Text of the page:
Ways In Dealing with Tantrums
Aug. 10, 2021
Going to the mall or eating out might be a problem for parents with a toddler, there will be a lot of chasing, yelling and you cannot keep your eyes out from your child for a minute. But going out is even more difficult for parents with a child who throws tantrums. Tantrums are not just about crying to get and do what they want, this is also the child’s way to get your attention. At times you would just want to give everything just to stop the child from crying, this might help for a minute, an hour, and even for a day, but this will reinforce the behavior and will become an even greater problem in the long run.
In this article, I will be discussing tantrums, what triggers them, and how to deal with them, especially now that we are in a pandemic, children will more likely to throw a tantrum because they will be staying at home more often than before and this is a new routine for them, something they are not used to, and not being able to go outside might put more stress to them as well as to the parents. One of the ways of how to reduce stress for your child is to practice mindfulness both inside and outside of the classroom.
Why Does a Tantrum Happen?
Tantrums are a normal part of development, it happens when the child feels tired, hungry, upset, or frustrated, and if they want something. These are short periods of meltdown or angry outbursts, it usually ranges from crying to yelling, to hitting and sometimes even holding their breath. Tantrums are common to children ages 1-3 years old. Some children will throw tantrums more often than others. Since little children are still developing their language, it is difficult for them to say what they want or if they need anything, and this causes frustration which then causes tantrums. But how is it different if your child already knows how to talk and yet is still throwing tantrums? Remember that tantrum is something that goes away little by little as the child learns to speak, what should we do if the tantrums continue? How the parents manage and react to tantrums is vital for a child to grow out of tantrums.
It is important to be aware of what triggered the meltdown or tantrum, what was the situation when it happened and how long the tantrum lasted or the duration, and how severe the meltdown was. By knowing these things, you will be shocked to know that some tantrums happen in a specific situation with a specific trigger. Having the knowledge of this, it will be easier for a parent to prevent the child from throwing a tantrum by being in control of the situation.
Some causes might be:
- The child is feeling hungry
- Feeling sick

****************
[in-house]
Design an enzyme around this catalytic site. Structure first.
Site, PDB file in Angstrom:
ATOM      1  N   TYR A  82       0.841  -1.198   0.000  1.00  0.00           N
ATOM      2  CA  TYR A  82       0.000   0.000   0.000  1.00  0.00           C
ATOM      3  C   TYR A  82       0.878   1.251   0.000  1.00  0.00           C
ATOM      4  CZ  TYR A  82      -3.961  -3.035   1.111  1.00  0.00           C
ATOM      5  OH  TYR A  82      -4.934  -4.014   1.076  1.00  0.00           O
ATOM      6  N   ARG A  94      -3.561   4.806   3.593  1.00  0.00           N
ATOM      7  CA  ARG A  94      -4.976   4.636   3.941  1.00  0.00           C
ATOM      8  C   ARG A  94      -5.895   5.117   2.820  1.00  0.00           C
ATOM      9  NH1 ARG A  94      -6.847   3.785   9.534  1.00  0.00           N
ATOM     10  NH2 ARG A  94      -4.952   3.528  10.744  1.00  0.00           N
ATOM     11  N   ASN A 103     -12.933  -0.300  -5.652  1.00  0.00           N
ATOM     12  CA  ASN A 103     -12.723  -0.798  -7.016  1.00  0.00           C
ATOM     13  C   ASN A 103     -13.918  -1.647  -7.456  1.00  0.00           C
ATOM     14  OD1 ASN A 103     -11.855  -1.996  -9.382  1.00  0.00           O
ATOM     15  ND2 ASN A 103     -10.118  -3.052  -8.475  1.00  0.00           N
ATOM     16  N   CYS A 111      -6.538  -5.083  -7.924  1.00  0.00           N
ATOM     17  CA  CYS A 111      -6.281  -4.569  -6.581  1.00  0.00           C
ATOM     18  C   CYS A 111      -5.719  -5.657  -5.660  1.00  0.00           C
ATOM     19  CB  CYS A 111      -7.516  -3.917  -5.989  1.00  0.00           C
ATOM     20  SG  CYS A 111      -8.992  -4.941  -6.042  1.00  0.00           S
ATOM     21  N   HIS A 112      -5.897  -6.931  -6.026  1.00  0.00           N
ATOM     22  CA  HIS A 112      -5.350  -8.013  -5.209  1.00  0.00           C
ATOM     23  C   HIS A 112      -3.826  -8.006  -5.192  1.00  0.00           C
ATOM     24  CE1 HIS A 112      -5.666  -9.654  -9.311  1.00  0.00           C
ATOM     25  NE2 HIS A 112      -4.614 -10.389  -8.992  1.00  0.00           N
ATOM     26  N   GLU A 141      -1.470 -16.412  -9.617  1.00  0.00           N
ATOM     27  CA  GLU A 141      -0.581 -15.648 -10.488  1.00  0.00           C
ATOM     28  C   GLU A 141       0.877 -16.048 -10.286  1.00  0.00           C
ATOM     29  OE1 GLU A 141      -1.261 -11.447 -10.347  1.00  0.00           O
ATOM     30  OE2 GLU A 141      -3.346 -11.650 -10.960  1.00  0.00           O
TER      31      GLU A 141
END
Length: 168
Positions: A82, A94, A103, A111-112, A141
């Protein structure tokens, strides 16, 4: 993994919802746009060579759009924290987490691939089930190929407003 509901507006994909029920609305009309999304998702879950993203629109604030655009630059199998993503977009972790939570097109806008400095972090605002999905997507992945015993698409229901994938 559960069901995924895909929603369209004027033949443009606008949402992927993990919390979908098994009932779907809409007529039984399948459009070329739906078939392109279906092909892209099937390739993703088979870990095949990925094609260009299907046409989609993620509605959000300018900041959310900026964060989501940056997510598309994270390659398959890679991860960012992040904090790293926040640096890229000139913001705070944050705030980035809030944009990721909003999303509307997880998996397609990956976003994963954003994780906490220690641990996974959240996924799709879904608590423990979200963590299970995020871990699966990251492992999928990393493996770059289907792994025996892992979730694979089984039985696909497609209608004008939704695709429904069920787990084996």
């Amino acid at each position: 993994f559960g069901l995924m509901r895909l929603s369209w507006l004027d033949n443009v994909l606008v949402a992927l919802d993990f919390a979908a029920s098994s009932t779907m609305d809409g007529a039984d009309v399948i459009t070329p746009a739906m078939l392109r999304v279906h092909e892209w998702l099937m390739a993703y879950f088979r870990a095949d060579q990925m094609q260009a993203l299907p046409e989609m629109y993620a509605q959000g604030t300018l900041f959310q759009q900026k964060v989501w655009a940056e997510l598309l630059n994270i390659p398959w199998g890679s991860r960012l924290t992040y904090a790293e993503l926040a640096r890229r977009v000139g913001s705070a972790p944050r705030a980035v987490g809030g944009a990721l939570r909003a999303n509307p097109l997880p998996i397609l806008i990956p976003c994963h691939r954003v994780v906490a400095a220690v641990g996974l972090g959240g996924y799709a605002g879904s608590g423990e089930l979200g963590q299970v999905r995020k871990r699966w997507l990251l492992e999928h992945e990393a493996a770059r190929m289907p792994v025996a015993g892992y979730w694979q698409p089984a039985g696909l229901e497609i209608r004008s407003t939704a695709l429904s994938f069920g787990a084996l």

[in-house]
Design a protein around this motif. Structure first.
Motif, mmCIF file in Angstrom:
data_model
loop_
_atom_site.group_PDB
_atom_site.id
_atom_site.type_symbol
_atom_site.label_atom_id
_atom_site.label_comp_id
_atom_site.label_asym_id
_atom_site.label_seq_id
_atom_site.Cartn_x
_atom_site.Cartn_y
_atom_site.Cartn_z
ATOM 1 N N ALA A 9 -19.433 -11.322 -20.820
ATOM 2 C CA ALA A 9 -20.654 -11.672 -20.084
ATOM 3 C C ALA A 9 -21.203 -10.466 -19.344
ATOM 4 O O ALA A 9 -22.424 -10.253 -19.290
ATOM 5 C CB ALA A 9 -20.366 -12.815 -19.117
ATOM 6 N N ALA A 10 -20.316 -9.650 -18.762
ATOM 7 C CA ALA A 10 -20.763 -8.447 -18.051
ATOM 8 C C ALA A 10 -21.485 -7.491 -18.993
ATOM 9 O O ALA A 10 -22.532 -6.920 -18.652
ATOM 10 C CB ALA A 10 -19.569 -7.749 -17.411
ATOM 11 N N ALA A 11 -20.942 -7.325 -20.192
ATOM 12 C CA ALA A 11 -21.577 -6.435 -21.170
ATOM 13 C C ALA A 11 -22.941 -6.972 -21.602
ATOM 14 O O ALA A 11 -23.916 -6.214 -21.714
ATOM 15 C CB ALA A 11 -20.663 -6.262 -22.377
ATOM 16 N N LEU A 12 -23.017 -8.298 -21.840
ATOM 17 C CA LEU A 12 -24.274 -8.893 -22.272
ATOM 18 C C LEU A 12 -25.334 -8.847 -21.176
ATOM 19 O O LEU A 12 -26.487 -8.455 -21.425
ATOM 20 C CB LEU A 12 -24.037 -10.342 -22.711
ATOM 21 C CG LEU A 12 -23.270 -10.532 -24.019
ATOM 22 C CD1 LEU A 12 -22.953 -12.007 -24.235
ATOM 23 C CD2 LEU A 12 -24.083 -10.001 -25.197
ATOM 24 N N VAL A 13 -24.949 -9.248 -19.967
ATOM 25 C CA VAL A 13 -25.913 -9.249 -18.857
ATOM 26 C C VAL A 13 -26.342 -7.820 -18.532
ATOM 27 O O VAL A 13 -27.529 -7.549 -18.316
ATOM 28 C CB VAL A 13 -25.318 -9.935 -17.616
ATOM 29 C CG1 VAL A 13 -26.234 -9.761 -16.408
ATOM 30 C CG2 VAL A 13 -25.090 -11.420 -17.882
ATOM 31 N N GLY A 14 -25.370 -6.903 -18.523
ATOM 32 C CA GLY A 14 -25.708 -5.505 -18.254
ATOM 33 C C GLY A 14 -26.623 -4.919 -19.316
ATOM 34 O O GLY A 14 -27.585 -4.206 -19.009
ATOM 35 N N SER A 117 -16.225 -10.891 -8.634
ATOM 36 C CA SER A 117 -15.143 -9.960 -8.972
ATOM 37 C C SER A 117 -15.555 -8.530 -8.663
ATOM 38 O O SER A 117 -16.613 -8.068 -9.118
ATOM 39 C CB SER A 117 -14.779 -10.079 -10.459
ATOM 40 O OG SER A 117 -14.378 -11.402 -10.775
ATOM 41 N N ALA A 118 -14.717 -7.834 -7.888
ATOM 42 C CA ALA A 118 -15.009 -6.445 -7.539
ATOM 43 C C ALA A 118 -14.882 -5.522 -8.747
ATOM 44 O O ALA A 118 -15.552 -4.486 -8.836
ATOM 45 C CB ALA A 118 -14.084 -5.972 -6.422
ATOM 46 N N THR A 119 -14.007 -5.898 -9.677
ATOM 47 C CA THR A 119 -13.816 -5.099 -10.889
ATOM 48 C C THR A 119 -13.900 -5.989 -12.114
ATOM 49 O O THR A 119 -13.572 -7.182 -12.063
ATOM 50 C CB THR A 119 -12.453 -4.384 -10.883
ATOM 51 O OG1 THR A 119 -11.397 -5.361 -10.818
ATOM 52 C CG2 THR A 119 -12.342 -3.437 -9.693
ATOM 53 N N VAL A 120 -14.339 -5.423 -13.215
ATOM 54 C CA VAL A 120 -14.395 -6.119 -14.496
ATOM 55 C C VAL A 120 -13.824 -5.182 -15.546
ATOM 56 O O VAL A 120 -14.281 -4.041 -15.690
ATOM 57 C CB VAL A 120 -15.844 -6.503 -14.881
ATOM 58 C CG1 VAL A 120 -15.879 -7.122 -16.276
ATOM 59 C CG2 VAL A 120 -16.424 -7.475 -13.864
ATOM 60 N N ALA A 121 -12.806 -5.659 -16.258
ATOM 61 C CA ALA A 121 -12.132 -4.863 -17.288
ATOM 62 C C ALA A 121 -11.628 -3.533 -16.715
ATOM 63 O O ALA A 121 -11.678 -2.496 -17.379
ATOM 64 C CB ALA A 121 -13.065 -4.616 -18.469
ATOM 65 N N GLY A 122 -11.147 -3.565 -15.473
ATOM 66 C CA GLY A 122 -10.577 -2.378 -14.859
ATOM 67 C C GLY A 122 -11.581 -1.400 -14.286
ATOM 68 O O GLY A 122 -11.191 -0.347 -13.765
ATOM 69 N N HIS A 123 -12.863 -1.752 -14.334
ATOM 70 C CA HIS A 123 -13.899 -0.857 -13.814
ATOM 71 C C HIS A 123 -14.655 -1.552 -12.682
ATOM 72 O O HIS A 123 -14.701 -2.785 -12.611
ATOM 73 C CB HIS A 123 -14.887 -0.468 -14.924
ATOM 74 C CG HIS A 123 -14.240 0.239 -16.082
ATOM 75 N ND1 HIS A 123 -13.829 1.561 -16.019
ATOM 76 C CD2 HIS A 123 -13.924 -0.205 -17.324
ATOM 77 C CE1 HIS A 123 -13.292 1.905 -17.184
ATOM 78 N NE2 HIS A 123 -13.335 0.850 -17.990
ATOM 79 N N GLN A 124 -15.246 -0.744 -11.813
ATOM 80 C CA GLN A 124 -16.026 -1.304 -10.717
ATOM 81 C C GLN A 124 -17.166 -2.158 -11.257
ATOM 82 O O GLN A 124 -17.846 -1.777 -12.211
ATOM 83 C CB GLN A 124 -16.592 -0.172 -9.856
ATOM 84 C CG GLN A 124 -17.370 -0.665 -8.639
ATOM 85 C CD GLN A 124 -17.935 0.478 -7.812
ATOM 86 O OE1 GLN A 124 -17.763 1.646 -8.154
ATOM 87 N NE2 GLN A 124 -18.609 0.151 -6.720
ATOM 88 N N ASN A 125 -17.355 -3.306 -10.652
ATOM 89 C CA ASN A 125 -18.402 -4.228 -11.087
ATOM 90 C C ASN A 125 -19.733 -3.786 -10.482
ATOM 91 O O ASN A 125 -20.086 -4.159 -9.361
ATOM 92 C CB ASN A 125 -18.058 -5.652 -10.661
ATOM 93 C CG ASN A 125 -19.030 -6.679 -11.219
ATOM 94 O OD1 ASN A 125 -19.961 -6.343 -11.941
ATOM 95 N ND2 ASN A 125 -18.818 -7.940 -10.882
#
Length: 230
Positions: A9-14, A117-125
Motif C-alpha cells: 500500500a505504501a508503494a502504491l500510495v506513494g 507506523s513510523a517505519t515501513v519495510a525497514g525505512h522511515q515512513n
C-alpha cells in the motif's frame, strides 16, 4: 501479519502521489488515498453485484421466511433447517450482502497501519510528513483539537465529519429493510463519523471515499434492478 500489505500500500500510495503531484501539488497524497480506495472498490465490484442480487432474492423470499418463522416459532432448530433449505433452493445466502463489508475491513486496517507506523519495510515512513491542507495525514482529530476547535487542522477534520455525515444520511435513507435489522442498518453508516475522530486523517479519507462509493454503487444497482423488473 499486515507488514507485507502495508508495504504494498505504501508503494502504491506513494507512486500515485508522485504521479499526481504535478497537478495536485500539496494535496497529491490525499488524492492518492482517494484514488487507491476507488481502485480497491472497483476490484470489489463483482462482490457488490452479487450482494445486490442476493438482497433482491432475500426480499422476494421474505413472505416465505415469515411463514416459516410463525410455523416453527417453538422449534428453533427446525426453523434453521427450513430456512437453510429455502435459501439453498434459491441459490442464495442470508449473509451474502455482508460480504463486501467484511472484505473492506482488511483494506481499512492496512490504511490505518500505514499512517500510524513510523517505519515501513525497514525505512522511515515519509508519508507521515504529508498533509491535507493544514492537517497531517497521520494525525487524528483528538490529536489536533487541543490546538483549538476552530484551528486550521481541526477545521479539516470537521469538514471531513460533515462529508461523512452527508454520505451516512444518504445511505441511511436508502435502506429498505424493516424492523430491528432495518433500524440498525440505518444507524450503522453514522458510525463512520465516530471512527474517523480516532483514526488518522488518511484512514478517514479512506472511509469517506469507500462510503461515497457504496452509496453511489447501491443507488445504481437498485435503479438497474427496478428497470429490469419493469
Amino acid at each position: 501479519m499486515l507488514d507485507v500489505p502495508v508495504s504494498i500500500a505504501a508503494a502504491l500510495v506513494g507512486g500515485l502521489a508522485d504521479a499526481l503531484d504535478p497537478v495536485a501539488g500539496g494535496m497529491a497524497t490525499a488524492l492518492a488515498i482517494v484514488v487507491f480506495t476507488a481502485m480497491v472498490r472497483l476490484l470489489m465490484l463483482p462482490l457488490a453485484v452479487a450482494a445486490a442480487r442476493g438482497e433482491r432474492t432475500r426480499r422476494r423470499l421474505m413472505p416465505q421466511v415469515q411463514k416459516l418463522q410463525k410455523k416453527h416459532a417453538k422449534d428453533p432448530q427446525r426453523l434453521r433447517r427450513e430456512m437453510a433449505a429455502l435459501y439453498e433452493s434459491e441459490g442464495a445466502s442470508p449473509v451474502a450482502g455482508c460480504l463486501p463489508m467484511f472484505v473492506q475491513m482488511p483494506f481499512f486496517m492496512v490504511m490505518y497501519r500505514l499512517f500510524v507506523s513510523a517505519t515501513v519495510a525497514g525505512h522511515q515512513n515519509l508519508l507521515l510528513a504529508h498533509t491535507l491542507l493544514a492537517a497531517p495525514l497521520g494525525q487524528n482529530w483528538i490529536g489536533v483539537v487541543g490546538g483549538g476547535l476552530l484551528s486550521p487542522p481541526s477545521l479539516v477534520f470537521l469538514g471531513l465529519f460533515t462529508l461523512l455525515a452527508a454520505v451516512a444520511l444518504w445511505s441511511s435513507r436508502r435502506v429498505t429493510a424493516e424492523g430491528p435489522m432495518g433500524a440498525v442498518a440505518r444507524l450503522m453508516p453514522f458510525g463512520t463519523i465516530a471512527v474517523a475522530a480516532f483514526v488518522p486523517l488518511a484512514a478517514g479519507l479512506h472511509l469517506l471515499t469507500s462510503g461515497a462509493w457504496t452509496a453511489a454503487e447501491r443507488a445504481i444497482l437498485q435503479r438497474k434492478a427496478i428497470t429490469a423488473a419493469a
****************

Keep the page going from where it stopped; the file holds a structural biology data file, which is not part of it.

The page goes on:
- Feeling tired
- Wanting to have something (toy/parent/food/show)
- Trying to get parent or guardian’s attention
- Have something taken away from them
- Change of routine
- Does not know how to say the words/unable to express
- Does not understand what to do (when given specific task)
- Wanting to do something they cannot do
- Overstimulated (seeing lots of people, noisy place)
How do to deal with tantrums while it is happening?
When the child is crying out, the parent's automatic response is to hand them what they want or yell at the child, and this might help keep the child from crying, but as mentioned above, it will reinforce the behavior which will make it more likely to happen again in the future. Here are some ways in dealing with tantrums: (1) find the reason for the outburst/tantrum. Once you know what triggered the tantrum, it is best to stay calm and (2) do not give your child attention, keep your eye gaze away from your child, and try not to give in to your child, this will be hard especially that parents usually worry about their child. (3) Do not yell or hit your child and (4) avoid bribing them to stop the outburst (this will act as a reward for them), (5) make sure that your child is not near any sharp or dangerous objects, and is not holding breath and hitting himself/herself or anything if you see your child hitting the floor, hold his hands to resist him/her but keep your eye gaze away. (6) Wait for your child to feel calmer, and (7) use the time-out strategy to give space and make him/her realize what he/she did wrong. Why do we need to ignore it? Ignoring will help the child think that what he/she is doing will not give her/him what they want, instead, they will more likely get tired from crying. By then, you should talk to your child and give them water to drink, then talk.